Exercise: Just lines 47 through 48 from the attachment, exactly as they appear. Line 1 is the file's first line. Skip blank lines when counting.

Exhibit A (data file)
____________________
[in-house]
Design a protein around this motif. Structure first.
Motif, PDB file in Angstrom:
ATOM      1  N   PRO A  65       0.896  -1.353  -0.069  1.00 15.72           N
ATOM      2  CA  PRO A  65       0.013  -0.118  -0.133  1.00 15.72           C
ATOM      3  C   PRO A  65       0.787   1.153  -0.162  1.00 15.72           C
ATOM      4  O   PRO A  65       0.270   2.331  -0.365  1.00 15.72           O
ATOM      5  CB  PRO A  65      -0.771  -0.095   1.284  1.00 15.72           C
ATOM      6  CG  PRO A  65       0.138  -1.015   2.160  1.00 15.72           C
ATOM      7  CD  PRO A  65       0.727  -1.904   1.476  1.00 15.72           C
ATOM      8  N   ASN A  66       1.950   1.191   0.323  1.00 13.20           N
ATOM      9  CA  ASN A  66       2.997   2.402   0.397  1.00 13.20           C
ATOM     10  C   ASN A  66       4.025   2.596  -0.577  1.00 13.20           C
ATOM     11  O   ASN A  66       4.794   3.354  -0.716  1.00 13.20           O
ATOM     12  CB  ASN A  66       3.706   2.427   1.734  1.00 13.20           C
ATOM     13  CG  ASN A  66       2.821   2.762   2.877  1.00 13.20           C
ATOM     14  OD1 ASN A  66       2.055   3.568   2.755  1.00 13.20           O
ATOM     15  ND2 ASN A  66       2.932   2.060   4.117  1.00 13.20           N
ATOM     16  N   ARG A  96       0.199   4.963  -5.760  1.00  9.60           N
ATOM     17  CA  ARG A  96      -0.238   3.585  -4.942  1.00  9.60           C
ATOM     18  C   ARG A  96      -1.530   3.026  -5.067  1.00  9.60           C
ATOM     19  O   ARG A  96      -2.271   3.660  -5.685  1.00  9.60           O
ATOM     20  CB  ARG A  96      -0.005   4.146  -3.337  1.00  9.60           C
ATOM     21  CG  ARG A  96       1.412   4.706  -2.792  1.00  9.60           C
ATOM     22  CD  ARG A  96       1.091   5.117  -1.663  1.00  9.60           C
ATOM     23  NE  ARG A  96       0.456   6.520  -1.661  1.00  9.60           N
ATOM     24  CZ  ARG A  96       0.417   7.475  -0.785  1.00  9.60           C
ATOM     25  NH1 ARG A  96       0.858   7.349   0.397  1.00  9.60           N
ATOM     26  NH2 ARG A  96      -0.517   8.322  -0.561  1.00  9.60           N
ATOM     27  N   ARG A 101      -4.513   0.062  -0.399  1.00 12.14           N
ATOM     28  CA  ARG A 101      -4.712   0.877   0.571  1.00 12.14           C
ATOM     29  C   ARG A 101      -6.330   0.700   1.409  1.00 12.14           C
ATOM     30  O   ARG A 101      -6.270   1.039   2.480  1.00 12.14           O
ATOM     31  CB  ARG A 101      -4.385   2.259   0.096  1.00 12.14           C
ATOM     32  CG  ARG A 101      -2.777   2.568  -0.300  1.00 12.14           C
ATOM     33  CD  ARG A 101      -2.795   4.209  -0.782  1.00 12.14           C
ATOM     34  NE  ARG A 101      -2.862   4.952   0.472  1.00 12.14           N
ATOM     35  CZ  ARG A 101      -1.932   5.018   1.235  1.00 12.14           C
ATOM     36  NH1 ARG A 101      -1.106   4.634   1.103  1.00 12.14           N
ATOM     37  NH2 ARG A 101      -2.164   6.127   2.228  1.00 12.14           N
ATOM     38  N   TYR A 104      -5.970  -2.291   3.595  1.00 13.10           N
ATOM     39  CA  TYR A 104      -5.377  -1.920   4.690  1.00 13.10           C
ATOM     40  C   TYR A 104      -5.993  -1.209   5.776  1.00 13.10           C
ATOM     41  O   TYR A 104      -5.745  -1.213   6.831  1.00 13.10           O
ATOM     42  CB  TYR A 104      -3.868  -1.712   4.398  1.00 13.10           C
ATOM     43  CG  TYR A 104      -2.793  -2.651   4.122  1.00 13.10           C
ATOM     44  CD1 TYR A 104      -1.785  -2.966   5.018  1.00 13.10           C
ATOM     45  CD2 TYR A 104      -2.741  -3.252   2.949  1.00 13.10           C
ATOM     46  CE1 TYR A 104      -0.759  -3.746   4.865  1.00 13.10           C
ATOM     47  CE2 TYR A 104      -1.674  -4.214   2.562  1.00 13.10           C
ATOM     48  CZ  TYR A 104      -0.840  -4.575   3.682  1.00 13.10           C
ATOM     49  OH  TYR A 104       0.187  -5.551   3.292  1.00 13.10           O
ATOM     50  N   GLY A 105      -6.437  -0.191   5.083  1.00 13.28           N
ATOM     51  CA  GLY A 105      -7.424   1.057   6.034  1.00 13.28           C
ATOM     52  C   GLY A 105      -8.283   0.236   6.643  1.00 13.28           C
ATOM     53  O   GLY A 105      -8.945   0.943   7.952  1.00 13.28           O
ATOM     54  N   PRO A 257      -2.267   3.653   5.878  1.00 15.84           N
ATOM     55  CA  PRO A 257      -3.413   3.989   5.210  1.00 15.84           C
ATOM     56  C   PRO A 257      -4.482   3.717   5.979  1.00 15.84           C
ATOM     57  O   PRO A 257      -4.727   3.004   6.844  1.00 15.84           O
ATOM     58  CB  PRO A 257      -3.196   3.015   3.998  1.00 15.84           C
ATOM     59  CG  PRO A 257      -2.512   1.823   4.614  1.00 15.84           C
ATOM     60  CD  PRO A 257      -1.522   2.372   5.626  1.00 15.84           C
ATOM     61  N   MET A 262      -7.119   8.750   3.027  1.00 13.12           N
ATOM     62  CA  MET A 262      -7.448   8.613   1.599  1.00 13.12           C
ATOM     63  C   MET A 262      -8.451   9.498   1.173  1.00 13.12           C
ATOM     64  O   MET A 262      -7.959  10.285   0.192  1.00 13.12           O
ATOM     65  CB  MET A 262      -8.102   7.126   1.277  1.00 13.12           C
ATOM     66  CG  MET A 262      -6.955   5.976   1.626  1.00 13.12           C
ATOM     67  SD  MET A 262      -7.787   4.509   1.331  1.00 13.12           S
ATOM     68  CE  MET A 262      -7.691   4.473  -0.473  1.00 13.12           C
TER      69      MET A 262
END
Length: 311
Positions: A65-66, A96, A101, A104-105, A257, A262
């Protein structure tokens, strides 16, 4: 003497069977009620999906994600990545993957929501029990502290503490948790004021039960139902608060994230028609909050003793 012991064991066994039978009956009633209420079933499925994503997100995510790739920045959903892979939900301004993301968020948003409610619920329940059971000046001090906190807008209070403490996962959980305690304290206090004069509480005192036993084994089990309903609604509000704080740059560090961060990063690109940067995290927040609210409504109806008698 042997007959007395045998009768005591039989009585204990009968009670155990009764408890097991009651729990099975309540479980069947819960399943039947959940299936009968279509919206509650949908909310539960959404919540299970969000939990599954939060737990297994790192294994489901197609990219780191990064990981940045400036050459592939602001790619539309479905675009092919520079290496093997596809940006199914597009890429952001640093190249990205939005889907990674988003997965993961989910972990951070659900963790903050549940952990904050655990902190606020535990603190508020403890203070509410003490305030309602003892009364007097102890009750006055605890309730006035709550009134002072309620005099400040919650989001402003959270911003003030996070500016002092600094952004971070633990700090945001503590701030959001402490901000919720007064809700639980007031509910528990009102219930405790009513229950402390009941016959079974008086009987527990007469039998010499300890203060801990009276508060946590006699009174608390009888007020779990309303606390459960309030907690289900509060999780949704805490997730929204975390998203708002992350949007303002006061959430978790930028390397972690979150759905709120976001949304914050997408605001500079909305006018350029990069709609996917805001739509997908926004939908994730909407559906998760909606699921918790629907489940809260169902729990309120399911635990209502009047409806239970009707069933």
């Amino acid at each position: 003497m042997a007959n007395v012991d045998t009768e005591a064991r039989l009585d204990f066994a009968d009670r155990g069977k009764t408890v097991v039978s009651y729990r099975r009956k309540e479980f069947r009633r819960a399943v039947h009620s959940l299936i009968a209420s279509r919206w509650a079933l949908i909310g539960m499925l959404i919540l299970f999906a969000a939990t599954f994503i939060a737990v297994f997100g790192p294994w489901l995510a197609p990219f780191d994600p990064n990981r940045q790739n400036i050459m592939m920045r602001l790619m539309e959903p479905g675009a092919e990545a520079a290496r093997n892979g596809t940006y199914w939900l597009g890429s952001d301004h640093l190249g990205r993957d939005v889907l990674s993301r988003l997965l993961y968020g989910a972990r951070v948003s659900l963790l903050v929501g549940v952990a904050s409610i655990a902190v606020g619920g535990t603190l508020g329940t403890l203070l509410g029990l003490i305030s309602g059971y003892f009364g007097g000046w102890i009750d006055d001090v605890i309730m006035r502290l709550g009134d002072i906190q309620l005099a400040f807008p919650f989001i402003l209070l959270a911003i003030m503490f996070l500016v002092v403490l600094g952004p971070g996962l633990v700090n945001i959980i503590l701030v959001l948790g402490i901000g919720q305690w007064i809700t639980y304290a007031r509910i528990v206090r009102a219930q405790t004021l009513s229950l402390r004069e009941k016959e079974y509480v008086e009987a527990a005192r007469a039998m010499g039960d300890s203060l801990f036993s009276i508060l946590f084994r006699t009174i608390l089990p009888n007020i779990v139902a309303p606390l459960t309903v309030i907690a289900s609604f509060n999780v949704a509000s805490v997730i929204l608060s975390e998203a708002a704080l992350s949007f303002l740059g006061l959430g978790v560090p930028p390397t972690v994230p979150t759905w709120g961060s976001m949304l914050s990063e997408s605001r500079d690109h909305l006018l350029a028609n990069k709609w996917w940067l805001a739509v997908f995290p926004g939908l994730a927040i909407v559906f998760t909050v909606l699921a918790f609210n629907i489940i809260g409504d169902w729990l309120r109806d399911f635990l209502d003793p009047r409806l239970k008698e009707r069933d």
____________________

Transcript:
ATOM     44  CD1 TYR A 104      -1.785  -2.966   5.018  1.00 13.10           C
ATOM     45  CD2 TYR A 104      -2.741  -3.252   2.949  1.00 13.10           C